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Machine Learning For Better Security: Seven Key Findings On IoT Security

Today’s companies are moving toward digital transformation at great speed. The definition of your network is constantly changing – with hybrid clouds, IoT devices, and home offices. Given the growing data traffic at the “edge” of the network, the security risk, combined with frequent, severe, and sophisticated cyber attacks – as observed by Palo Alto Networks.

Companies need to end their dependence on reactive security measures and punctual solutions more than ever to protect themselves. Instead, it is essential to introduce intelligent, proactive network security based on machine learning (ML), which causes a radical change of heart in cybersecurity.

Seven key observations about IoT security in practice

  • More and more IoT devices are connected to the corporate network. These devices pose an increasing number of security risks. Approximately 45 percent of companies already have some IoT deployment, and another 26 percent plan to deploy IoT in the next twelve months.
  • Protecting IoT investments has become critical to business survival and thriving. Most companies agree, as 76 percent consider IoT security the top priority. However, only 16 percent feel ready to protect their IoT devices from threats and exploits.
  • IoT devices present unique challenges for security teams, and many IoT devices are introduced into organizations without the knowledge of IT. It is difficult enough to protect them, even to identify them primarily on the network, which is a daunting task.
  • The most effective way to address security challenges posed by unmanaged devices on the network is to manage them. An IoT security solution identifies each device, determines which IoT devices are not running endpoint protection, and protects all devices regardless.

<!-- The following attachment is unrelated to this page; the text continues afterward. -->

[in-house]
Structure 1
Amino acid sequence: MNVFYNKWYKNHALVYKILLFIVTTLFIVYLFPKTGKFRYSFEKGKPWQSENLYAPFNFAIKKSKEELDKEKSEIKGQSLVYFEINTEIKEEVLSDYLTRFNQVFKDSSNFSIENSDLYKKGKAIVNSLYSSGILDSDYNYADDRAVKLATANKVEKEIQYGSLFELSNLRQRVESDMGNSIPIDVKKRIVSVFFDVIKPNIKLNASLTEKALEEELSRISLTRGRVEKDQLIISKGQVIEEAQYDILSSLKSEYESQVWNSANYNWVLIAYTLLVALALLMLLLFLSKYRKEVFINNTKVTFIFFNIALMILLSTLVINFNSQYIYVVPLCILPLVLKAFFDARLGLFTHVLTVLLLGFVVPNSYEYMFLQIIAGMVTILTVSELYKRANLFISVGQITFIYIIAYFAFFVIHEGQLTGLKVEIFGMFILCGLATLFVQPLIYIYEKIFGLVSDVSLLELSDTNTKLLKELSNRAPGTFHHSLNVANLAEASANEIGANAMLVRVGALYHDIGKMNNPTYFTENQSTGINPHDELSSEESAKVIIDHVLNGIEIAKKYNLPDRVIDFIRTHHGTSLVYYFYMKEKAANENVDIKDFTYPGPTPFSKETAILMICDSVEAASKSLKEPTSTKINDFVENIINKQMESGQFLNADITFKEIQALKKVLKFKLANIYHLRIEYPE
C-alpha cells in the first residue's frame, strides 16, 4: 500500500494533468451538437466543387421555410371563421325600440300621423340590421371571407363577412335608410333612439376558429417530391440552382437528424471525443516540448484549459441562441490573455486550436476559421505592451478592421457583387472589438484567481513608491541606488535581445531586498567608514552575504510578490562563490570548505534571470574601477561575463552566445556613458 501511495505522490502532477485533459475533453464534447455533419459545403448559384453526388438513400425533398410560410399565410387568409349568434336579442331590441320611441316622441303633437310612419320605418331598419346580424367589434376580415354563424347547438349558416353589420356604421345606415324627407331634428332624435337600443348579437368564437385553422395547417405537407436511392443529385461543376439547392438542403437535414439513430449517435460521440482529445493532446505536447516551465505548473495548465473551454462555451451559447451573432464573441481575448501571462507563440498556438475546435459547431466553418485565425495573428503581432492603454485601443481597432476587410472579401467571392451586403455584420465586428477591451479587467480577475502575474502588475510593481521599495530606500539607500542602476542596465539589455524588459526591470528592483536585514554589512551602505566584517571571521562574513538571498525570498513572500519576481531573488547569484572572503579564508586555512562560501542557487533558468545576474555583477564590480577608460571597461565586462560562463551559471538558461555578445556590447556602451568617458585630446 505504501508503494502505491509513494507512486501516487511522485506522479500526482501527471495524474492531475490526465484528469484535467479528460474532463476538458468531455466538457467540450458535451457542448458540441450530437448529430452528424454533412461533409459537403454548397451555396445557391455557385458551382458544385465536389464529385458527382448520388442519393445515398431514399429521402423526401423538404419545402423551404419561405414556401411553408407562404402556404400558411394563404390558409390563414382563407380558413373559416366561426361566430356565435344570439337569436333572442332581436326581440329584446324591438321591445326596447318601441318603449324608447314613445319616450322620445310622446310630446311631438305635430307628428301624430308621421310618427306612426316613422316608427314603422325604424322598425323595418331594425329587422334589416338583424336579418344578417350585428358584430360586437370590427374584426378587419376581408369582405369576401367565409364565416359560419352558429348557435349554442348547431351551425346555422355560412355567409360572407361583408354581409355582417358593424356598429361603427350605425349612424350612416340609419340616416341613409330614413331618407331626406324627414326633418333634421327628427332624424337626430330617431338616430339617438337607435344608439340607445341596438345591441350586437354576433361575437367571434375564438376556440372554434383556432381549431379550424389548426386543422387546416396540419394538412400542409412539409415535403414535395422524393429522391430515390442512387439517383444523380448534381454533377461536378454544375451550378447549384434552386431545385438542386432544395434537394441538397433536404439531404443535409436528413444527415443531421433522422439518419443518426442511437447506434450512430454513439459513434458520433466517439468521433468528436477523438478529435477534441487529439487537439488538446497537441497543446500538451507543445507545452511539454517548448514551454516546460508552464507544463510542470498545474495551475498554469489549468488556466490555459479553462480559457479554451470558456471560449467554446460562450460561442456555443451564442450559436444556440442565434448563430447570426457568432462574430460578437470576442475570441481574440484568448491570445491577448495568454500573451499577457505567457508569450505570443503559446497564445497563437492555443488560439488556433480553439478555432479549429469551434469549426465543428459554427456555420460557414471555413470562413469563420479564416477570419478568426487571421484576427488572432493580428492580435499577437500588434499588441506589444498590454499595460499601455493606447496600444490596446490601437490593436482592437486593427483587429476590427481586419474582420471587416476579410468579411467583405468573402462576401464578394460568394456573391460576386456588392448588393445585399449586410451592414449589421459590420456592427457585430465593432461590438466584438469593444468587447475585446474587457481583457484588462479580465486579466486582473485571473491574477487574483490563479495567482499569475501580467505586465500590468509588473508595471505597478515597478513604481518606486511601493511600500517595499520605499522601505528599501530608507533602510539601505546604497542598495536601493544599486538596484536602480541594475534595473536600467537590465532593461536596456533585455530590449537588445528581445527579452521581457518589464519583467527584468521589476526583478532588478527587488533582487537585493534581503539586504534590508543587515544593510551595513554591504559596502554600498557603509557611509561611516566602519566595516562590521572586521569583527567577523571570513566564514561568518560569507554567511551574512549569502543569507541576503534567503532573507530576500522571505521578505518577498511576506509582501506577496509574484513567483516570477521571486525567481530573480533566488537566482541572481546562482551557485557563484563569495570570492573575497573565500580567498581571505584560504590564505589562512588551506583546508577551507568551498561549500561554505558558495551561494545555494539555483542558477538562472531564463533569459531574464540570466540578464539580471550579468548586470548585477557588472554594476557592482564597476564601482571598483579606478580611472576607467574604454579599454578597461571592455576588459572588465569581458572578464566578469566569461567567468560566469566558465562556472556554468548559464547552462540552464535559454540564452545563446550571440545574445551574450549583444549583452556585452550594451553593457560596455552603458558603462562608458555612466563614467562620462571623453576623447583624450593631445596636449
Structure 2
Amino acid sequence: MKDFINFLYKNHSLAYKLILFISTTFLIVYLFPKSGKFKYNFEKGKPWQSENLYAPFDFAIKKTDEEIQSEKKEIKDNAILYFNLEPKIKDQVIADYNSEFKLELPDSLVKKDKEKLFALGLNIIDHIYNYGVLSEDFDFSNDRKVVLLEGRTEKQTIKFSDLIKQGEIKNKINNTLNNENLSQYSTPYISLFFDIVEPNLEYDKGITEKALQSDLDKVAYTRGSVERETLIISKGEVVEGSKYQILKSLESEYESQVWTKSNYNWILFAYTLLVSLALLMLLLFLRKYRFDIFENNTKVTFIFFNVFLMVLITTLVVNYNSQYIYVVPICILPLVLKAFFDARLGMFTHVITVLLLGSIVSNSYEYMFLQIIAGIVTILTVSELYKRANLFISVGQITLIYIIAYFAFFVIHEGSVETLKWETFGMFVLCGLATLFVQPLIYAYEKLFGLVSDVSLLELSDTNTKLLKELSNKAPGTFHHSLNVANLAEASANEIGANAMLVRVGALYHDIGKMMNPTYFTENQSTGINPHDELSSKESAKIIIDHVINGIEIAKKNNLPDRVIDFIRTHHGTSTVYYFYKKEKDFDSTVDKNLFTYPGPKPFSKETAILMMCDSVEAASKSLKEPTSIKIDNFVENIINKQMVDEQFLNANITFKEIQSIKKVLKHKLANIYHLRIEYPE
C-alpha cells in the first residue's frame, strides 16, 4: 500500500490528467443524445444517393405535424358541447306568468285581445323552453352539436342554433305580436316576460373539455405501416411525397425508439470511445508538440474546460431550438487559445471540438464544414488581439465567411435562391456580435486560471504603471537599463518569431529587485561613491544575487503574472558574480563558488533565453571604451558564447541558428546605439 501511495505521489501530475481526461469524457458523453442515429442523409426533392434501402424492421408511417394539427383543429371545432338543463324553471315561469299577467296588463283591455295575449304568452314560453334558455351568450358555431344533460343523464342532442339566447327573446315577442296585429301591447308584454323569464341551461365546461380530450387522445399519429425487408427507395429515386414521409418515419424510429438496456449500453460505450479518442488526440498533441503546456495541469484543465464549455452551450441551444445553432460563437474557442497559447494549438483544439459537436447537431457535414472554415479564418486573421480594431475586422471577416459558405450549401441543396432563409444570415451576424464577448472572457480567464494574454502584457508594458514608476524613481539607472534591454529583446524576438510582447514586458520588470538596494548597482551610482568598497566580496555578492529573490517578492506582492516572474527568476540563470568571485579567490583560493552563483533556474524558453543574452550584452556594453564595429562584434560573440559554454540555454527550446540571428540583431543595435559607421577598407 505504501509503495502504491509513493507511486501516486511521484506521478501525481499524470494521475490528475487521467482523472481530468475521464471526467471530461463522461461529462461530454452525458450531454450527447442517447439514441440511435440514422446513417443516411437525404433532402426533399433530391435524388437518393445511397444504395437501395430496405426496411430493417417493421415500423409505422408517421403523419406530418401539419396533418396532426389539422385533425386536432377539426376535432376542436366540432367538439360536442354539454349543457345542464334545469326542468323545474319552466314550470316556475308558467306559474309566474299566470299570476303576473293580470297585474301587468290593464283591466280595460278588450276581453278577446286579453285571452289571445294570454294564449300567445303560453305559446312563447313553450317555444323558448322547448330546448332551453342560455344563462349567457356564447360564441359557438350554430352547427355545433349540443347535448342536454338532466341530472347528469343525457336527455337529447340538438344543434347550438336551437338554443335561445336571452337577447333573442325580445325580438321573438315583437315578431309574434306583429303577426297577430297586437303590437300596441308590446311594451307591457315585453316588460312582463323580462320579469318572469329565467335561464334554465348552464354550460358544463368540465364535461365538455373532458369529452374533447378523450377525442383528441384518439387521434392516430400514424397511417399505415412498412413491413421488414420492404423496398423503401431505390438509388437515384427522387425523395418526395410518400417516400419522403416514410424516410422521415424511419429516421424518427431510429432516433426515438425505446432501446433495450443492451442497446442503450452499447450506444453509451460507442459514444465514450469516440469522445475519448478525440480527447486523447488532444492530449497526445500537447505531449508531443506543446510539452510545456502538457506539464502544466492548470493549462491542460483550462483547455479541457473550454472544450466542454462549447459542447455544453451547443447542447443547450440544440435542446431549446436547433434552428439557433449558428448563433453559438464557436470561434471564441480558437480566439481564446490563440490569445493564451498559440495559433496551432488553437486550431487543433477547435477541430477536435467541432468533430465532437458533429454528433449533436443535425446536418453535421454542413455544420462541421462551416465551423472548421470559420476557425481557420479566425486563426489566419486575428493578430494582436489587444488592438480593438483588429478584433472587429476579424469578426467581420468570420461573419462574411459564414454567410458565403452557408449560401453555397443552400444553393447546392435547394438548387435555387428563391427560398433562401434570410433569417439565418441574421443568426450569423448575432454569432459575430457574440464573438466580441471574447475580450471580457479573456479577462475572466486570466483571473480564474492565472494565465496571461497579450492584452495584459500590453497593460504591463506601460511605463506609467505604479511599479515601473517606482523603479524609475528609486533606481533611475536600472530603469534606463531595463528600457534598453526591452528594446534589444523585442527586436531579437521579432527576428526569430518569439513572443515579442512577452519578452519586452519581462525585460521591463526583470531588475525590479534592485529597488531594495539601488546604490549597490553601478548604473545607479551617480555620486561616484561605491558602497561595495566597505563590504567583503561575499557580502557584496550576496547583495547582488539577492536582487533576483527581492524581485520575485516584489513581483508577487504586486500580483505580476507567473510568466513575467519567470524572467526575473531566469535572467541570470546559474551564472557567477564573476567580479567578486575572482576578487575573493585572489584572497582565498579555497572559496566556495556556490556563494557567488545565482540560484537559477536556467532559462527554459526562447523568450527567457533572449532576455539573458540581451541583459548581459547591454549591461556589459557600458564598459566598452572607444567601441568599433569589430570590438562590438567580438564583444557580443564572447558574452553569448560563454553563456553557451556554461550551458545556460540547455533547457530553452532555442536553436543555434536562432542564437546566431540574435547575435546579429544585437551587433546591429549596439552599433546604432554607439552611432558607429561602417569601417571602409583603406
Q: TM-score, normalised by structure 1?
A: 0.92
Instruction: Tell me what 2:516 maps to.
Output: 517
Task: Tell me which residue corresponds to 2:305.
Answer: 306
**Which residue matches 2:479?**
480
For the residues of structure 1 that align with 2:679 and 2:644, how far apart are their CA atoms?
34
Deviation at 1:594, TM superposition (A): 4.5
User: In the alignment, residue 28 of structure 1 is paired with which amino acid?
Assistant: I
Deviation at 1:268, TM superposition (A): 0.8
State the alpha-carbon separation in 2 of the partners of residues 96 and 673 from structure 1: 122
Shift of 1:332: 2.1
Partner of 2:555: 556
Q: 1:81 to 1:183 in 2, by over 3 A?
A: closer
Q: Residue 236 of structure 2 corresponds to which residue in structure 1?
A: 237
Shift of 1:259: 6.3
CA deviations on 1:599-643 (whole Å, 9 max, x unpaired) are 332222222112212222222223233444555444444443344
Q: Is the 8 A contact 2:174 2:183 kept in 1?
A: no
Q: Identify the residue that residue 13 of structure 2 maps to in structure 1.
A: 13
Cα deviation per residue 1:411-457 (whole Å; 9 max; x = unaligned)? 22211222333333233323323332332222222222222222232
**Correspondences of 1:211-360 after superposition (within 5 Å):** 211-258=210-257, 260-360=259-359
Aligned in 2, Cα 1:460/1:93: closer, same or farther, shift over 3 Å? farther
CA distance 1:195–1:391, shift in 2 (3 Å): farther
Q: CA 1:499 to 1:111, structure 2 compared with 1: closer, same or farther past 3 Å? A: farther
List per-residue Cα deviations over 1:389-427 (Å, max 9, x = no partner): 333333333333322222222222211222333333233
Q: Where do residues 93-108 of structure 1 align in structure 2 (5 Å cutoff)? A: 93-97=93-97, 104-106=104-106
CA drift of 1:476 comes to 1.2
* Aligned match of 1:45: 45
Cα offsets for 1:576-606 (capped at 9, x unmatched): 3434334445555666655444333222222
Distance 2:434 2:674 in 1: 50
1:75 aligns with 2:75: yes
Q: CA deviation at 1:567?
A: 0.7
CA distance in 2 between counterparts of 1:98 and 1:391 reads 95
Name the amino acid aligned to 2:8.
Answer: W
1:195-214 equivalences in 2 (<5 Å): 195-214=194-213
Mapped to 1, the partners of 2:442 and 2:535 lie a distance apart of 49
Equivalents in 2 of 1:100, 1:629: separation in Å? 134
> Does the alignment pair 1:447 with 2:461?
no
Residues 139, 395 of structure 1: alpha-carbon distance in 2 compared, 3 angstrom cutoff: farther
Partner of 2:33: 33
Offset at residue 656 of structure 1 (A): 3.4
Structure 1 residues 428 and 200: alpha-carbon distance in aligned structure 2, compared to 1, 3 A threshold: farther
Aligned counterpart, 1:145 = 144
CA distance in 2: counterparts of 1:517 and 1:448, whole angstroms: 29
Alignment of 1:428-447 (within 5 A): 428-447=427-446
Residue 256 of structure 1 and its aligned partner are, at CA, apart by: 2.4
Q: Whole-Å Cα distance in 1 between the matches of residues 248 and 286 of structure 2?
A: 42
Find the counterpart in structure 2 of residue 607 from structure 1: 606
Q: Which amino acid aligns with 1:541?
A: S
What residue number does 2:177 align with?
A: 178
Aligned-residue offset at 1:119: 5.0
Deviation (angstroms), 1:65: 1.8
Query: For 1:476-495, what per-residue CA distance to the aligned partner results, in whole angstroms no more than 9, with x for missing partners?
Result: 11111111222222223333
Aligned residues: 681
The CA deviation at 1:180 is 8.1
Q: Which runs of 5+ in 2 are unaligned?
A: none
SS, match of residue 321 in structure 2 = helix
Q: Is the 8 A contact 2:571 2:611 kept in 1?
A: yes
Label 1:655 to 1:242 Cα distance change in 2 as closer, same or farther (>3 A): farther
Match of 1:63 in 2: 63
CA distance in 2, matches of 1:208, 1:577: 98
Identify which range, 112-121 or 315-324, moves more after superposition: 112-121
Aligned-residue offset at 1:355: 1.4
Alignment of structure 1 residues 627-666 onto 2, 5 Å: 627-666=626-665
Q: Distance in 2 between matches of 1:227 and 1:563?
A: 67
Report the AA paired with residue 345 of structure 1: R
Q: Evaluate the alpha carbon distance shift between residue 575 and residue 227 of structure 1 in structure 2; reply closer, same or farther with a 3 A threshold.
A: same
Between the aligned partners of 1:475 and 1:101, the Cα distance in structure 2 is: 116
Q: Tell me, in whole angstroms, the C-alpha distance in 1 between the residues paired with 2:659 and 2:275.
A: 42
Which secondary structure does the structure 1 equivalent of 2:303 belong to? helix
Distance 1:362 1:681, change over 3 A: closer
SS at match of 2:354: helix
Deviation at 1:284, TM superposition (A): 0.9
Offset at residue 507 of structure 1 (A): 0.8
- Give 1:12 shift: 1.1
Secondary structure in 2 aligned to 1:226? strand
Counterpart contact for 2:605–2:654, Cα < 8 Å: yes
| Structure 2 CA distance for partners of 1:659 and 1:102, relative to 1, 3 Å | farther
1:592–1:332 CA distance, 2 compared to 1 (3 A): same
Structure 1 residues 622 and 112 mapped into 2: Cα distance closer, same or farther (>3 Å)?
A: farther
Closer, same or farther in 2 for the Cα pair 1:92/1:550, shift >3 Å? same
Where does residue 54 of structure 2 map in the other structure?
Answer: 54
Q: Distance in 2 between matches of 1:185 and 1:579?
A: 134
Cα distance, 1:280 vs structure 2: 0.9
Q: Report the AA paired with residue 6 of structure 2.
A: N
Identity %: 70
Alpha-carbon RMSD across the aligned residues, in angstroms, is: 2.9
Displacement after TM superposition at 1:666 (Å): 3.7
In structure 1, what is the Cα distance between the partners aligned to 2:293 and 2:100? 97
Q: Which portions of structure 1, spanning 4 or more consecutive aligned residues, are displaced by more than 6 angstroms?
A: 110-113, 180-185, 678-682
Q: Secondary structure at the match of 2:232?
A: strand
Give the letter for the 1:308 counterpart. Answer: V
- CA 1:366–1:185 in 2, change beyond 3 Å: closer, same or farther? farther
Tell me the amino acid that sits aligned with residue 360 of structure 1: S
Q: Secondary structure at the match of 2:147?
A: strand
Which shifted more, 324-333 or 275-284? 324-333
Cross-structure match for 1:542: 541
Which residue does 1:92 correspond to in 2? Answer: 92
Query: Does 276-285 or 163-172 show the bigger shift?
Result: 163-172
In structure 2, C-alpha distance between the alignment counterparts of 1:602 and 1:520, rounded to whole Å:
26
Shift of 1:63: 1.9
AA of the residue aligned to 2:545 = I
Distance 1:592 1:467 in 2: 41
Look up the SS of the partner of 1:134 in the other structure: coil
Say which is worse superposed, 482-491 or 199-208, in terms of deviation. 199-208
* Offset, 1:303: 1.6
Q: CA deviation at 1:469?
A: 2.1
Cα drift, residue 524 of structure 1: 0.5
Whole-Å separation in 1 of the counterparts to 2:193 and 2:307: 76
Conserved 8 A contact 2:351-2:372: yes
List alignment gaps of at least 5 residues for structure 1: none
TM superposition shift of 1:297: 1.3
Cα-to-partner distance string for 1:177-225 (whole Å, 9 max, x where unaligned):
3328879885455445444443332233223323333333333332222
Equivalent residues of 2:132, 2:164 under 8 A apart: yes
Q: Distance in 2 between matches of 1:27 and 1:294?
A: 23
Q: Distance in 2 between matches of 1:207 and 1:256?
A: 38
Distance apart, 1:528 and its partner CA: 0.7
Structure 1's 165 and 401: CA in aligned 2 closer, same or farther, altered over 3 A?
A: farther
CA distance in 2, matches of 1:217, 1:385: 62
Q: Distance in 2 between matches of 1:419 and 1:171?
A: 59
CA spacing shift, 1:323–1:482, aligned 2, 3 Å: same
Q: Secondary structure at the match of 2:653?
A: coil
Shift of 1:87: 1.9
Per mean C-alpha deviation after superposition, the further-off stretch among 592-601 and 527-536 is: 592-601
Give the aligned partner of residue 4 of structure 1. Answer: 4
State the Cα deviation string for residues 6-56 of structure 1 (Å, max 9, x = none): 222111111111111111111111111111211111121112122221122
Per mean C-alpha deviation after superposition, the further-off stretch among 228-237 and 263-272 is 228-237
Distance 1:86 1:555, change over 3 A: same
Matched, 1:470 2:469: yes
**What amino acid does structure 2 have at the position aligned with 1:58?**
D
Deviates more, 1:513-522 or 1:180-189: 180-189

• An ideal IoT security solution uses an ML approach. It seamlessly integrates all five phases of the IoT lifecycle – from discovering IoT devices and the associated risks to helping assess vulnerabilities and implementing best practices to control new one’s Risks when these inevitably arise.
  • An ideal IoT security solution enables security teams to monitor device risks proactively, detect anomalies, recommend and apply policies for enforcement, and prevent threats. At the same time, it guarantees the highest level of accuracy and transparency.
  • The ideal solution is easy to implement and configured with unique features and policy constructs already built-in. It enables IT teams to contextual network segmentation of groups of devices to mitigate risk. It offers automation to minimize manual effort and prevention to eliminate known and unknown threats.

IoT Security: From Doorbells And Refrigerators To Nuclear Reactors

The Current And Future Relevance Of Cybersecurity In The IoT Context

As the world becomes more connected, more and more devices are being connected. The fitness tracker on the wrist transmits data wirelessly to the smartphone, which controls the entertainment hubs in the connected cars while driving. The smartphone is also the linchpin of most business connections – contacts, email, video conferencing, to name a few. Doorbells, thermostats, and refrigerators enrich the networked world and exchange data and commands with smartphones and other devices.

Any Network Is Only As Secure As Its Weakest Link